The South Korean manufacturer Samsung Electronics, according to Reuters – has accepted Nokia’s (NOK) offer to acquire all of the shares of Symbian Limited that Nokia does not already own.
The Finland-based co. currently holds 47.9% of the Smartphone software maker Symbian ; a software licensing company, owned by wireless industry leaders and licensed by the world’s leading mobile phone manufacturers.
The net cash outlay from Nokia to purchase 52.1% of Symbian Limited shares it does not already own will be approximately $384 million. The co. only last month said it would buy out other shareholders of Symbian and make its software available to other phone makers without charging royalties. Nokia now has acceptances from all Symbian shareholders to sell their shares.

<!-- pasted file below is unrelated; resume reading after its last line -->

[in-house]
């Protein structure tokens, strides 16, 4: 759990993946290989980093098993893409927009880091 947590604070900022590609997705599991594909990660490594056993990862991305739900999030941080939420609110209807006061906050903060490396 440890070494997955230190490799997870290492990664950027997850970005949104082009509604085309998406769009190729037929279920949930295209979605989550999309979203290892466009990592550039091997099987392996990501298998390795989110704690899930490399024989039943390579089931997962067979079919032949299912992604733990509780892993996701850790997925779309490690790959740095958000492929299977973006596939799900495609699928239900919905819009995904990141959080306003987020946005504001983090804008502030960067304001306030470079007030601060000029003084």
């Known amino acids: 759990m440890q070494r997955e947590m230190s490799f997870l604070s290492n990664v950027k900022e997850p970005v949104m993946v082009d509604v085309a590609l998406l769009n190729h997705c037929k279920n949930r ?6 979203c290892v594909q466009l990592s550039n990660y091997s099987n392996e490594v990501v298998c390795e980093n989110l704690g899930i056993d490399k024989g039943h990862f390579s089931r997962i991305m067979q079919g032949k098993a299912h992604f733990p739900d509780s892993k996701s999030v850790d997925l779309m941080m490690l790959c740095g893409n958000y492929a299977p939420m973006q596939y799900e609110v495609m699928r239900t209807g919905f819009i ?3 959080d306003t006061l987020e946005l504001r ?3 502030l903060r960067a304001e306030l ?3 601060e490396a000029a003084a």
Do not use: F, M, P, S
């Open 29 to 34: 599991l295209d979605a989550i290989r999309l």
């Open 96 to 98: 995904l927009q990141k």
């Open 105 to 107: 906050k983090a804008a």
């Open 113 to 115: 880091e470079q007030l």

“They (Samsung) have accepted it,” Nokia spokesman said referring to the buyout offer.
Nokia’s complete acquisition of Symbian is the prelude to the establishment of the not-for-profit Symbian Foundation by Nokia, together with AT&T (T), LG Electronics, Motorola (MOT), NTT DoCoMo, Samsung, Sony Ericsson (SNE), STMicroelectronics (STM), Texas Instruments Inc. (TXN) and Vodafone Group Plc (VOD).
The demand for mobile devices continues to accelerate. By 2010 Symbian expects four billion people to join the global mobile conversation. With this in mind, industry leaders are coming together to create the most proven, open and complete mobile software platform – available for free.
To achieve this objective, the Symbian foundation will unify Symbian, S60, UIQ and MOAP(S) software and create an unparalleled open software platform for converged mobile devices, enabling the whole mobile ecosystem to accelerate innovation.
Symbian also intends expanding its collaboration with its rival Google Inc. (GOOG) to the operating system level as it moves toward granting free and open access to its software platform.
The foundation is expected to start operating during the first half of 2009.